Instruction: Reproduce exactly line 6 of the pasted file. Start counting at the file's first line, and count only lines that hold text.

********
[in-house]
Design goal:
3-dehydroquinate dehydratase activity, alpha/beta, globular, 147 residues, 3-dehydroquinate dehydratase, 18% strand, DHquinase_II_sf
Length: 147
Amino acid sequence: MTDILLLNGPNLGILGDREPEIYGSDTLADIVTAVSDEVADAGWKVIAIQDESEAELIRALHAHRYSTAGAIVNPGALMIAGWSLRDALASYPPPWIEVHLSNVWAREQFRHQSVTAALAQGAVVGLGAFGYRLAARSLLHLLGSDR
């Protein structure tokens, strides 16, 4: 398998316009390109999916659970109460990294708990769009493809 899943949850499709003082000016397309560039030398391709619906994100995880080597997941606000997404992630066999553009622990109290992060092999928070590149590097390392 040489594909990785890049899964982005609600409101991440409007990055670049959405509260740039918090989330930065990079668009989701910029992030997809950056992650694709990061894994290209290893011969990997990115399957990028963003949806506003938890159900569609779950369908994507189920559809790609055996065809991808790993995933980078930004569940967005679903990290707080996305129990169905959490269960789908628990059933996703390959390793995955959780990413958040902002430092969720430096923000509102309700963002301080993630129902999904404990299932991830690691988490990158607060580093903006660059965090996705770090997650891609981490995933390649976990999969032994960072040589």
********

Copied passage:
């Protein structure tokens, strides 16, 4: 398998316009390109999916659970109460990294708990769009493809 899943949850499709003082000016397309560039030398391709619906994100995880080597997941606000997404992630066999553009622990109290992060092999928070590149590097390392 040489594909990785890049899964982005609600409101991440409007990055670049959405509260740039918090989330930065990079668009989701910029992030997809950056992650694709990061894994290209290893011969990997990115399957990028963003949806506003938890159900569609779950369908994507189920559809790609055996065809991808790993995933980078930004569940967005679903990290707080996305129990169905959490269960789908628990059933996703390959390793995955959780990413958040902002430092969720430096923000509102309700963002301080993630129902999904404990299932991830690691988490990158607060580093903006660059965090996705770090997650891609981490995933390649976990999969032994960072040589």